If you find out early, then you’re lucky and you can kill it before anyone knows about it. Sometimes it happens quite far down the road.

      It’s got nothing to do with amateur/professional or anything like that. It’s the nature of the beast. It’s something that happens to big and small game developers, difference being big developers can often afford to either scale back and release something jibbed , keep throwing money at it till something sticks and everyone is living under their desk with exhaustion or as happens a little bit too often, can the project and take the studio down with it.

      None of these are really sensible options for an indie to take. I’d argue that they’re not sensible options for larger studio’s either but them’s the breaks.

      But y’know, we’re not talking a bunch of amateur fly by night garage coders here, we’re talking about a group of incredibly talented people with a good track record of fine games – one of which is the SD version of the game in question.

      It’s a shame that you feel you have to see the worst in people really when it’s something that happens to lots of developers and to be honest, if more people took the move of killing something off because it’s not working, there’d be a lot less shit games out there. Sadly, a lot of devs would plough on regardless, take the money and put out something lacklustre just because they can or they feel they need to.

  7. Matzerath says:

    Gigantic bummer. It seemed like such a great idea to make a full-fledged ‘Safari’.

  8. MatthewFBS says:

    If only we had a publisher or some other obligation to finish the game below everyone’s expectations, so you could give us shit for releasing such a mediocre game in a year instead of giving us shit today for never finishing it.

    (Assuming my sarcasm meter is still functioning. It’s a little wonky).

  9. DMJ says:

    The rapid-fire development of games led to some creative games (gamelets?). I was looking forward to seeing what they could do with some proper development time and focus :(

  10. one f jef says:


    That’s what they get for making it a requirement to have a facebook account to play their game. Those kind of gimmicky partnerships should end up in hell.

    Looks like for once one finally did.

  11. Lucas says:

    Wow, this is terrible news. I was really looking forward to buying it. I also never played the original because I didn’t want to overplay it and thereby spoil the full game.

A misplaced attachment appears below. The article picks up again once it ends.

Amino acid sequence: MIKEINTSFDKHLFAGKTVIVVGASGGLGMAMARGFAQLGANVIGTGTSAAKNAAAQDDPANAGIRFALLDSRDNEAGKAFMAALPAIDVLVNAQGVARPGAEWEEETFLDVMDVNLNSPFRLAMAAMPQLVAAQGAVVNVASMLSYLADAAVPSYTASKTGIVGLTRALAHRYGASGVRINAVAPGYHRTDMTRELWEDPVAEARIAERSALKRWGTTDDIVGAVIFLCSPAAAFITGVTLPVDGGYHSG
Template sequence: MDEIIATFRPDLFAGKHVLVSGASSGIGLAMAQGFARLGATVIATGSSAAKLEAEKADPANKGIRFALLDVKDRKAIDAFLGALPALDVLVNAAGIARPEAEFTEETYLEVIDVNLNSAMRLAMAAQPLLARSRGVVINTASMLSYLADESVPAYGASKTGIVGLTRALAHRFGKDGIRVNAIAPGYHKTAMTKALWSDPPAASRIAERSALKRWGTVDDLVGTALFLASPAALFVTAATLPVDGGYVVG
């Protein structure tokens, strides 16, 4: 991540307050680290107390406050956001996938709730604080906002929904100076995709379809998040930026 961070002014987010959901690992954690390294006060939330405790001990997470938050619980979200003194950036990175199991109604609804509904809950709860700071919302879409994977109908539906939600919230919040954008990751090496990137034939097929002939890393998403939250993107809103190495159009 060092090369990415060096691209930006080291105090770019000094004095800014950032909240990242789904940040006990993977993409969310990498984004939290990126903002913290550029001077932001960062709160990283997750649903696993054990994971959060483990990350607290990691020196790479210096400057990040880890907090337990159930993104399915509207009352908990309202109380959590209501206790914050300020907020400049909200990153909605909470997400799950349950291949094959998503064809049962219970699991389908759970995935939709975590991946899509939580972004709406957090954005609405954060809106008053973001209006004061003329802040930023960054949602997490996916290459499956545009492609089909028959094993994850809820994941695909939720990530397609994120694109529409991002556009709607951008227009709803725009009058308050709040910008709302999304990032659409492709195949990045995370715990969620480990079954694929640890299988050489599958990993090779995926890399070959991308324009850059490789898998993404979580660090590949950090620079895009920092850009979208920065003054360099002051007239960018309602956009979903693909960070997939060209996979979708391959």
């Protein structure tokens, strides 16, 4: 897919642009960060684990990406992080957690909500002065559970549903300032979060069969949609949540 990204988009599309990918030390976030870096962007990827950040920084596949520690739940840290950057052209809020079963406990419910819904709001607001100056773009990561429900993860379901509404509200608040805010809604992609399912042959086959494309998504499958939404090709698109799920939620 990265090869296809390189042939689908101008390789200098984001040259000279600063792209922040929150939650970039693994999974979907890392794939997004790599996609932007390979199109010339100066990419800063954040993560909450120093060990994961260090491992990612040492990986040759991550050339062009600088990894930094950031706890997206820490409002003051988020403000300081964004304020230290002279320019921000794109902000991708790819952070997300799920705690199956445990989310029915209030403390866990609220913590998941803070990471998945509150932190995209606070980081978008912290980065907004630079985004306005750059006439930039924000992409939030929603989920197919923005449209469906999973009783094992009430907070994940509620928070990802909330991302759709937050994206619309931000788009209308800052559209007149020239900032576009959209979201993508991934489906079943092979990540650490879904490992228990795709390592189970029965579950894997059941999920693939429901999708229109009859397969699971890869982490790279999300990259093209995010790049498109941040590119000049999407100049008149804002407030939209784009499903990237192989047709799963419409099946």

It’s a shame that they got so hung up over the “HD” content idea. That’s not at all what I care about (and the HD title rubbed me the wrong way from day 1). It was just so promising for it to be a bigger and better playing title than brief online version looked to be.

    I think all we really want is a new generation of proper Carmageddon style vehicular chaos.

    R.I.P. raptors, and good luck to Flashbang Studios with whatever they pursue.

  12. Garg says:

    Poor old Blurst. I remember thinking that their a game every 2 months was doomed to fail, simply because their games were /too/ good (yeah…odd I know). Basically the games were incredibly polished and good looking for something that I think the majority of players played for probably no more than half an hour.

    Since the only way Blurst was to be successful was to have games that pulled people back again and again (hence more site throughput and more ad revenue/purchases) I think they misjudged it. Looking at something like desktop tower defence, it’s nowhere nearly as good looking or well implemented as the Blurst games, but it keeps people playing.

    Not really sure what I’m suggesting, maybe Blurst having an even faster turn around of games, with a bit more of a rough and ready edge but getting a new surge of visitors in every time.

    Hope they get a good ending out of this.

  13. Muzman says:

    Wow. Damn shame that. OVS must have been their biggest ‘hit’ right? (It’s the only one I played regularly) Seemed perfect for leveraging all over the place. Maybe they went too big too soon with it. Make a nicer looking version for XBLA, iPhone?
    Likely showing my ignorance there, but that seemed like the sort of thing that work well for it and them is all I’m saying.

  14. BooleanBob says:

    Surely that should be reimblurst?


  15. manveruppd says:

    Shame it got canned… all it needed was some hoverboards for the raptors and it would have been the perfect game! :)

  16. Memphis-Ahn says:

    Does this mean they will sell Jetpack Brontosaurus and Paper Moon?
    I really like Blurst games, but I don’t enjoy the games they sell as much as the games they don’t (Except Blush).
    Minotaur Chinashop is awesome by the way.